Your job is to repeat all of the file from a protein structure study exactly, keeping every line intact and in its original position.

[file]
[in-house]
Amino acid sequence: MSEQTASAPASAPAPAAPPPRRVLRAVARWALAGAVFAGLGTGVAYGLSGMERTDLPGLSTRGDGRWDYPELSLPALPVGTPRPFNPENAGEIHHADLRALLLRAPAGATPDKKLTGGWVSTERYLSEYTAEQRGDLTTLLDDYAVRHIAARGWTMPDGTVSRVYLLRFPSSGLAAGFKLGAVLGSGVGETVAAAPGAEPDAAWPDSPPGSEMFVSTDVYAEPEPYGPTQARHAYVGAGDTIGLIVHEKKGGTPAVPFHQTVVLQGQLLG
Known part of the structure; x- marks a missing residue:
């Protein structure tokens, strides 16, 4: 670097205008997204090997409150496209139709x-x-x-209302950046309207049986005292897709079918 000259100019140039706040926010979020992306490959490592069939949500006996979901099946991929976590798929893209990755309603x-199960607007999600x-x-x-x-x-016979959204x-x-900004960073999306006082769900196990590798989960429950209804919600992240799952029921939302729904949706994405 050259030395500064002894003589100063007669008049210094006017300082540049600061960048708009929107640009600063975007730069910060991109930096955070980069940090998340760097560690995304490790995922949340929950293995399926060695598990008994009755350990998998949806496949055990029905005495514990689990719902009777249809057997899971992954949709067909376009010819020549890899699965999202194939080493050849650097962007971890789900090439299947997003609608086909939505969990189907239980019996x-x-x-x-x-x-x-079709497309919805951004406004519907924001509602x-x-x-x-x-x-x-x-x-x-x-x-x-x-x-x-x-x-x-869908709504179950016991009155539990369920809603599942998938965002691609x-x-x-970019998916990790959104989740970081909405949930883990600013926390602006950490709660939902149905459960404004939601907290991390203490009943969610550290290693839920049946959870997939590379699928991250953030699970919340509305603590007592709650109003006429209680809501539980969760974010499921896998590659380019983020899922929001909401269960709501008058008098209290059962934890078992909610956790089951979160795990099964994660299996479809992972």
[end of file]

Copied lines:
[in-house]
Amino acid sequence: MSEQTASAPASAPAPAAPPPRRVLRAVARWALAGAVFAGLGTGVAYGLSGMERTDLPGLSTRGDGRWDYPELSLPALPVGTPRPFNPENAGEIHHADLRALLLRAPAGATPDKKLTGGWVSTERYLSEYTAEQRGDLTTLLDDYAVRHIAARGWTMPDGTVSRVYLLRFPSSGLAAGFKLGAVLGSGVGETVAAAPGAEPDAAWPDSPPGSEMFVSTDVYAEPEPYGPTQARHAYVGAGDTIGLIVHEKKGGTPAVPFHQTVVLQGQLLG
Known part of the structure; x- marks a missing residue:
């Protein structure tokens, strides 16, 4: 670097205008997204090997409150496209139709x-x-x-209302950046309207049986005292897709079918 000259100019140039706040926010979020992306490959490592069939949500006996979901099946991929976590798929893209990755309603x-199960607007999600x-x-x-x-x-016979959204x-x-900004960073999306006082769900196990590798989960429950209804919600992240799952029921939302729904949706994405 050259030395500064002894003589100063007669008049210094006017300082540049600061960048708009929107640009600063975007730069910060991109930096955070980069940090998340760097560690995304490790995922949340929950293995399926060695598990008994009755350990998998949806496949055990029905005495514990689990719902009777249809057997899971992954949709067909376009010819020549890899699965999202194939080493050849650097962007971890789900090439299947997003609608086909939505969990189907239980019996x-x-x-x-x-x-x-079709497309919805951004406004519907924001509602x-x-x-x-x-x-x-x-x-x-x-x-x-x-x-x-x-x-x-869908709504179950016991009155539990369920809603599942998938965002691609x-x-x-970019998916990790959104989740970081909405949930883990600013926390602006950490709660939902149905459960404004939601907290991390203490009943969610550290290693839920049946959870997939590379699928991250953030699970919340509305603590007592709650109003006429209680809501539980969760974010499921896998590659380019983020899922929001909401269960709501008058008098209290059962934890078992909610956790089951979160795990099964994660299996479809992972």